Booking Holdings (NASDAQ:BKNG) is one of the world's largest online travel agencies (OTAs), and the hotel industry has provided no small portion of the company's growth for years. Yet there's a risk in this relationship that investors should consider. In a discussion on Motley Fool Live with fellow Fool.com contributor Brian Feroldi and Fool analyst Auri Hughes, Asit Sharma explains how some of the biggest global hotel franchisors are weighing the use of OTAs versus strengthening bookings through their own direct channels.

A full transcript follows the video, which was recorded on July 13, 2020.

Asit Sharma: Brian, I want to just mention one more risk really briefly, and that is the risk from the hotel industry. Marriott acquired Starwood, now, what, three, four years ago? The reason behind that merger, Marriott is the biggest global hotel franchise, was that the Starwood Group had this amazing loyalty program and amazingly loyal customers, especially on the corporate side. Marriott really wasn't necessarily after all its properties so much as that database of customers. It's since merged its own loyalty program with the Starwood program, now it's been renamed Marriott Bonvoy.

Those of you who have used any of their numerous properties now may be members of that. But again, this is very popular with corporate travelers. Before COVID-19 hit, this was last year and I've written about this a couple of times, the CEO of Marriott, and he's not alone in this industry, started talking about on conference calls his desire to recapture customers' business in a direct way. When you use the OTAs, it [cuts into] your own revenue, so Marriott is having to pay the referral to get the business. With this new loyalty program, what they're trying to do is market it to an even wider group, and every time they acquire another hotel property, they roll in that loyalty program.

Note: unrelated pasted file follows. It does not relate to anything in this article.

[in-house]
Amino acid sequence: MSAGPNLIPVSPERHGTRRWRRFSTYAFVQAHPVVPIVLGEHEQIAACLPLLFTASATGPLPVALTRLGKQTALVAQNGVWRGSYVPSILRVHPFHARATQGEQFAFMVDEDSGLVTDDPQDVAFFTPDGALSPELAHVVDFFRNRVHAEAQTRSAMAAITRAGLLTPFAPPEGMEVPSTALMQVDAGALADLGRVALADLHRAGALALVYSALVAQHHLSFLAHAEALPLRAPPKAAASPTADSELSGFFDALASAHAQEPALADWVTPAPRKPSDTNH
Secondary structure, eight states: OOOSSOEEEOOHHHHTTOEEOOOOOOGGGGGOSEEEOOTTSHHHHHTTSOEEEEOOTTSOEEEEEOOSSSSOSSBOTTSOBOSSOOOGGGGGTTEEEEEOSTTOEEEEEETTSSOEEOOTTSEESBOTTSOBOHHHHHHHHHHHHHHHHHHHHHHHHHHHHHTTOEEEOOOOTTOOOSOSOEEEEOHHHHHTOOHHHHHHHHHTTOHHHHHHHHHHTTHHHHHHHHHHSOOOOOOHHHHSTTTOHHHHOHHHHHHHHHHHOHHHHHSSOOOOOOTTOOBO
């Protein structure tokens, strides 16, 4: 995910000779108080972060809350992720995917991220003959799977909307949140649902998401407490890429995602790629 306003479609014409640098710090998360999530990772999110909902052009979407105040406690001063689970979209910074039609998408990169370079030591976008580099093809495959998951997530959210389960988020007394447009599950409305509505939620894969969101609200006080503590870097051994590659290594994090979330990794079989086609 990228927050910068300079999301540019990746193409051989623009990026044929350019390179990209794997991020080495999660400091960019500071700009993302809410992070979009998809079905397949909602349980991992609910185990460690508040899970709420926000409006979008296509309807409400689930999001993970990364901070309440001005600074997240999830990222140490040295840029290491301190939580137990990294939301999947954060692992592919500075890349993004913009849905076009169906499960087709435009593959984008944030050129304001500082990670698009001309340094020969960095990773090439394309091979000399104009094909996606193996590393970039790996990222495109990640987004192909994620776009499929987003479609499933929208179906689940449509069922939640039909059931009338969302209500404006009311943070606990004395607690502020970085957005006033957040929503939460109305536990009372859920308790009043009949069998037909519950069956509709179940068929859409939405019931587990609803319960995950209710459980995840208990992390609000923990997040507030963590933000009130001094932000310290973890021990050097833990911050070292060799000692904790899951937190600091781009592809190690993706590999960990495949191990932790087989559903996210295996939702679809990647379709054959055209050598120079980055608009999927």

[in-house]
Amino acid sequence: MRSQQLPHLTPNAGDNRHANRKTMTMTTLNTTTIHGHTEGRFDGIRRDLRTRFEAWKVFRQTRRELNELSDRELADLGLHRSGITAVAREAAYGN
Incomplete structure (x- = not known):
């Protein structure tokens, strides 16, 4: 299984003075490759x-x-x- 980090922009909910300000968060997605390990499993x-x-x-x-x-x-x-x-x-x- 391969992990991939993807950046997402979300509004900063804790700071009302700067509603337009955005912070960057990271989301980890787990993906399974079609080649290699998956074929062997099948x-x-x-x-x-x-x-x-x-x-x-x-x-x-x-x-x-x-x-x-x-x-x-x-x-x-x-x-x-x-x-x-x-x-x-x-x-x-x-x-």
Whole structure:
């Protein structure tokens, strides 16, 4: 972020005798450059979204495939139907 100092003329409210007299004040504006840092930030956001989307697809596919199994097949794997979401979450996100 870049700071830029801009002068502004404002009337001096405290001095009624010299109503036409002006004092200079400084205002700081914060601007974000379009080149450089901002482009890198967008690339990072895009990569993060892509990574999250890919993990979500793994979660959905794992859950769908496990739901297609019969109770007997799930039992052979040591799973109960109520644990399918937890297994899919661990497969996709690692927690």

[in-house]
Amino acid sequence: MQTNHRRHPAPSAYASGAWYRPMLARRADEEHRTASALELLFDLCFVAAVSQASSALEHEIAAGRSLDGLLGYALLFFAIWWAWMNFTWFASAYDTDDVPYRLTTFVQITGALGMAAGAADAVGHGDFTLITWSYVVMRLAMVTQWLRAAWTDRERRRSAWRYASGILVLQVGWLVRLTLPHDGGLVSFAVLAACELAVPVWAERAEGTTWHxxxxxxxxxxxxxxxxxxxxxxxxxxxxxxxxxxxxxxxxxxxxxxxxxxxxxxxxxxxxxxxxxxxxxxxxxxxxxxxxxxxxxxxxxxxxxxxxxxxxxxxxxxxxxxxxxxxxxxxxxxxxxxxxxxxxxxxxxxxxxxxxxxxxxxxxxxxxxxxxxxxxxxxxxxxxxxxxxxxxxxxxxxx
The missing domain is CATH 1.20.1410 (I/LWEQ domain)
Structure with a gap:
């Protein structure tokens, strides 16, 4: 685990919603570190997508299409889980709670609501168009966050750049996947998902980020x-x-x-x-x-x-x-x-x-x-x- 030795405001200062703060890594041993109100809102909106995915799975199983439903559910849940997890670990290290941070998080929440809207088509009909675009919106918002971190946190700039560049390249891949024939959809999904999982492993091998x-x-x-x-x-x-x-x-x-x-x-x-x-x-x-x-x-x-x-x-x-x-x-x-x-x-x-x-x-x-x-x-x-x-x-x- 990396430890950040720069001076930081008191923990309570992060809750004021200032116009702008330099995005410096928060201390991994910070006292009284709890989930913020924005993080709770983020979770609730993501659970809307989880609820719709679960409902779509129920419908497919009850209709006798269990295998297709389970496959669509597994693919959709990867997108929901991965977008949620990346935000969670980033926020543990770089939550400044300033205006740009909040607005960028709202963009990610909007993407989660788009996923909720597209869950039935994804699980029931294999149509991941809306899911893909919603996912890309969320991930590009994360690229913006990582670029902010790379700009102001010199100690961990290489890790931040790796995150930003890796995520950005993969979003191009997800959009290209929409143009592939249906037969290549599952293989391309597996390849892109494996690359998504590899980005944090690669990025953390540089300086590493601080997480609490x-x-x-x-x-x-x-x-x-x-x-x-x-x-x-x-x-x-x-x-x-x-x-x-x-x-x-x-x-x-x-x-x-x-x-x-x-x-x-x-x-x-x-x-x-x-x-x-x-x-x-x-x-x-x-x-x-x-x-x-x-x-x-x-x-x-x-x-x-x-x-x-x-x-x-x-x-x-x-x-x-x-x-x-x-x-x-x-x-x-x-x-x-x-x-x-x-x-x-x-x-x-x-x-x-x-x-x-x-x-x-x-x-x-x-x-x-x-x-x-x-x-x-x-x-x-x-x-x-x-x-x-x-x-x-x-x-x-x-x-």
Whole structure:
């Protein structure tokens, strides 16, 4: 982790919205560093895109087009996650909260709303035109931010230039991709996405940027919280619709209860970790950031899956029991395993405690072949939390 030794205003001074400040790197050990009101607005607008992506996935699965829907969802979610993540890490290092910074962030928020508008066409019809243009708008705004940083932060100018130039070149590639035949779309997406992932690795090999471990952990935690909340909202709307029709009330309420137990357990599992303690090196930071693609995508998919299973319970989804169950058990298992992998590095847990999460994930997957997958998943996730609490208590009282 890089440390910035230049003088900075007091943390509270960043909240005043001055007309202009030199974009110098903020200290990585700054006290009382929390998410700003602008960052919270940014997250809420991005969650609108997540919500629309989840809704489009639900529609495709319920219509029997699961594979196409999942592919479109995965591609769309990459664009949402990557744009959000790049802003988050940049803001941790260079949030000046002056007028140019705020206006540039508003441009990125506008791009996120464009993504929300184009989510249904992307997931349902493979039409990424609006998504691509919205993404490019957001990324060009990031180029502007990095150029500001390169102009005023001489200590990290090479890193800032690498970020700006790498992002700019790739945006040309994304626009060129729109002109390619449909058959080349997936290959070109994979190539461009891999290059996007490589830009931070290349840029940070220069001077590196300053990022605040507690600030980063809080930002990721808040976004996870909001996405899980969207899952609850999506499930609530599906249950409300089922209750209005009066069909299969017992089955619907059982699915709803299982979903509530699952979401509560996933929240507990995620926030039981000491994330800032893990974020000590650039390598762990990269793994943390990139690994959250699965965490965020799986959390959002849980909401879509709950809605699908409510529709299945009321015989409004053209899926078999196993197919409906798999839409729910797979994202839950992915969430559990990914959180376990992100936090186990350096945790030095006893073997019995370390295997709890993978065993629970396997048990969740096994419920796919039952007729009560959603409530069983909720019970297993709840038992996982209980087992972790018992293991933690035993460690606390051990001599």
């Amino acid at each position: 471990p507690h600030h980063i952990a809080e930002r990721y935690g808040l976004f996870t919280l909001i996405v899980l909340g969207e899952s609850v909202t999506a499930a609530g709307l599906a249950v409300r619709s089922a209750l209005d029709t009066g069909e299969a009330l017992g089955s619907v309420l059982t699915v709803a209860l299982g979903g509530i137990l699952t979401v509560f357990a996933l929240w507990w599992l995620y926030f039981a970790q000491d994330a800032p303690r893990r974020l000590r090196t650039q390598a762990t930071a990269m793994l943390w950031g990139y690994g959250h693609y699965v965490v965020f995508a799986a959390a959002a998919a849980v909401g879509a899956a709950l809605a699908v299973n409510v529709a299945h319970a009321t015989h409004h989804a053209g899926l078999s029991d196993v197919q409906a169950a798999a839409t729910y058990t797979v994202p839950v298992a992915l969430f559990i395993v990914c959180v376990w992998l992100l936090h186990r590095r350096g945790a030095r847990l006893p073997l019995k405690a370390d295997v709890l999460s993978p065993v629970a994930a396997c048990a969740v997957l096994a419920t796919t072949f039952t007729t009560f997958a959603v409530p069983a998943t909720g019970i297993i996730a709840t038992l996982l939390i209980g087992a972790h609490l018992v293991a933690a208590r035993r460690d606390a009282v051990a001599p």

Marriott's objective is to decrease its dependence on third parties to bring in traffic to its hotels. It now wants to market to you directly through the app. I get emails now because I visit the Fool and we always stay in a property that's under that brand there, which is close by The Motley Fool. I noticed they're pretty savvy at marketing on a regular basis, like, "Hey, we've got a special for you this weekend." Not that I can ever afford to take one of those, but maybe one day. I think this is a longer-term threat in that the hotel industry, at least the upper tiers, is waking up to the fact that we would like control over those corporate customers. We want to deal with them directly. We want them to just use their app.

One of the things I've already seen a question on this queue that is harder to see in this industry is the fact that so much of this over time has migrated in the business world from a few people in one part of a company using the online travel agencies. As companies have become more savvy with this, they mostly have internal departments that handle travel if you're a big Fortune 500 company. That is not necessarily a group of people that's just going to search for the best deal on the Web and land on a property that's owned by Booking.com. They may have just direct relationships and all types of ways to book the travel.

So I think there's a little bit of a headwind on the corporate side of business, which is the most lucrative side of the business for online travel agencies. But it doesn't really change the overall investment case. I think I'm agreeing with you, Brian, that over the long term, we're going to see, I think, another year of just tough [sledding] for this company. But it might be an opportunity for some to add to their positions and maybe realize some nice gains in a few years.

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